HTML and CSS Reference
Figure 4-12. Rectangles drawn on a canvas
Just like a triangle, a rectangle can also be drawn using the path-drawing techniques discussed earlier.
However, drawing a rectangle is such a commonly needed operation that there are readymade methods—
strokeRect() and fillRect() —that simplify your job. These methods accept the coordinates of the upper-
left corner of a rectangle and its width and height. The strokeRect() method draws an outline of the
rectangle, whereas fillRect() draws a filled rectangle. Listing 4-9 show how these methods are used, and
Figure 4-12 shows the resulting rectangles.
Listing 4-9. Drawing a Rectangle
var canvas = $("#MyCanvas").get(0);
var context = canvas.getContext("2d");
context.lineWidth = 5;
n Note There is also a method— rect() —that you can use to draw rectangles. However, if you use rect() , you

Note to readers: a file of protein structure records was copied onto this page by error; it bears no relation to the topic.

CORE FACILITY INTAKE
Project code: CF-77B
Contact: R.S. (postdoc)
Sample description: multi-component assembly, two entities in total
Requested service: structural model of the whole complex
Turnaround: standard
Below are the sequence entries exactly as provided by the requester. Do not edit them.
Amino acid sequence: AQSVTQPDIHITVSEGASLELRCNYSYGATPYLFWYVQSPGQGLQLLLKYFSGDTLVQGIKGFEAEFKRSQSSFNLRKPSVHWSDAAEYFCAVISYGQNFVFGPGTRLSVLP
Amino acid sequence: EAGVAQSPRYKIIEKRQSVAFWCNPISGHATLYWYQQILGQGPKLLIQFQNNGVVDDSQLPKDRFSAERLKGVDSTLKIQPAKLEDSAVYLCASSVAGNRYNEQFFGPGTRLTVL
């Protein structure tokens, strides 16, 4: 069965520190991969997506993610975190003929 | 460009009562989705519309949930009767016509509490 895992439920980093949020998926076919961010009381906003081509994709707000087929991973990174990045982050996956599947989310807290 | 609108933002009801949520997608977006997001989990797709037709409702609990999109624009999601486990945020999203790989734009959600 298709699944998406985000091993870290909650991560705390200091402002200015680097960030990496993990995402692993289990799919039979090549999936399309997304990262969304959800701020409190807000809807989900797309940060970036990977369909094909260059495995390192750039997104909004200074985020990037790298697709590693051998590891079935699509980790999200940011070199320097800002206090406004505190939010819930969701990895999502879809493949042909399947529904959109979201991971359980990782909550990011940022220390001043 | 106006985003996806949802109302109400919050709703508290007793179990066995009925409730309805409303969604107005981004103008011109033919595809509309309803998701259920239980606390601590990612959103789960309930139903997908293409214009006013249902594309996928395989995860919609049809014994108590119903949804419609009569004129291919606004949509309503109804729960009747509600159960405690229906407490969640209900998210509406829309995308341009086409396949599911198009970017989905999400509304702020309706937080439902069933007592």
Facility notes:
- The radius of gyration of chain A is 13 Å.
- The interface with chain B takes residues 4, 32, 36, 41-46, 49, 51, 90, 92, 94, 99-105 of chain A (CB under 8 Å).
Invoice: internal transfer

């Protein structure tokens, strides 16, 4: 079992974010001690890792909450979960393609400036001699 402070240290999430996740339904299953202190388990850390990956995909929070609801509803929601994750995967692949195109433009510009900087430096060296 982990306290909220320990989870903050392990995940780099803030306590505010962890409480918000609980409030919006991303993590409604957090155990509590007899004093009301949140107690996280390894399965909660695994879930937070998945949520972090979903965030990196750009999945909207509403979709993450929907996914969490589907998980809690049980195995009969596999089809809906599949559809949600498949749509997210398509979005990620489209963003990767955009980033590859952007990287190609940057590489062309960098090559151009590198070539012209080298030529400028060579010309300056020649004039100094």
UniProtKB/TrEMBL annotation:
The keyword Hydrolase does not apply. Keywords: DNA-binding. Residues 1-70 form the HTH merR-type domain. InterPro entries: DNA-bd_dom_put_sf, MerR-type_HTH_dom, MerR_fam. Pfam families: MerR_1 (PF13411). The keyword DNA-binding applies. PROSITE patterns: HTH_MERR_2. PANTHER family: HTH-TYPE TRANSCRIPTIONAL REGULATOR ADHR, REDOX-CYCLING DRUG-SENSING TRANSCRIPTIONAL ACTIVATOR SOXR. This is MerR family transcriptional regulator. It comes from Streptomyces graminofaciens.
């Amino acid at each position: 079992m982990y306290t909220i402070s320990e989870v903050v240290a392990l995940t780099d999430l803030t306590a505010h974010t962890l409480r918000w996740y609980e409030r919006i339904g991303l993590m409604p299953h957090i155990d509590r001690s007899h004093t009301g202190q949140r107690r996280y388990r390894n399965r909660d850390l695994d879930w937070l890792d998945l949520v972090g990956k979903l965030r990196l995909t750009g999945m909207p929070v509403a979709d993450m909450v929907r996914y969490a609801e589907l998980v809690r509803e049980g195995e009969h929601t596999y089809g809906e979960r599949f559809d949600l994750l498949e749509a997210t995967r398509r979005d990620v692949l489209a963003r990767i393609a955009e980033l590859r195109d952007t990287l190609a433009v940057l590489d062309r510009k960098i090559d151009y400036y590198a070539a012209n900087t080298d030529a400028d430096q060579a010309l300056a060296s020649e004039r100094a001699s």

also need to call stroke() or ill() to actually draw the rectangle. The strokeRect() and fillRect() methods
perform these two steps in one go.
So far, you've learned to draw lines, curves, and shapes on the canvas. Often you need to incorporate text
as a part of the drawing itself, and sooner or later you'll want to draw text on the canvas. As you might
expect, the drawing context provides rich support for drawing text using the strokeText() and fillText()
methods. Additionally, you can specify the font, font size, alignment, and baseline for drawing the text.
Listing 4-10 show how to draw text with the help of these properties and methods.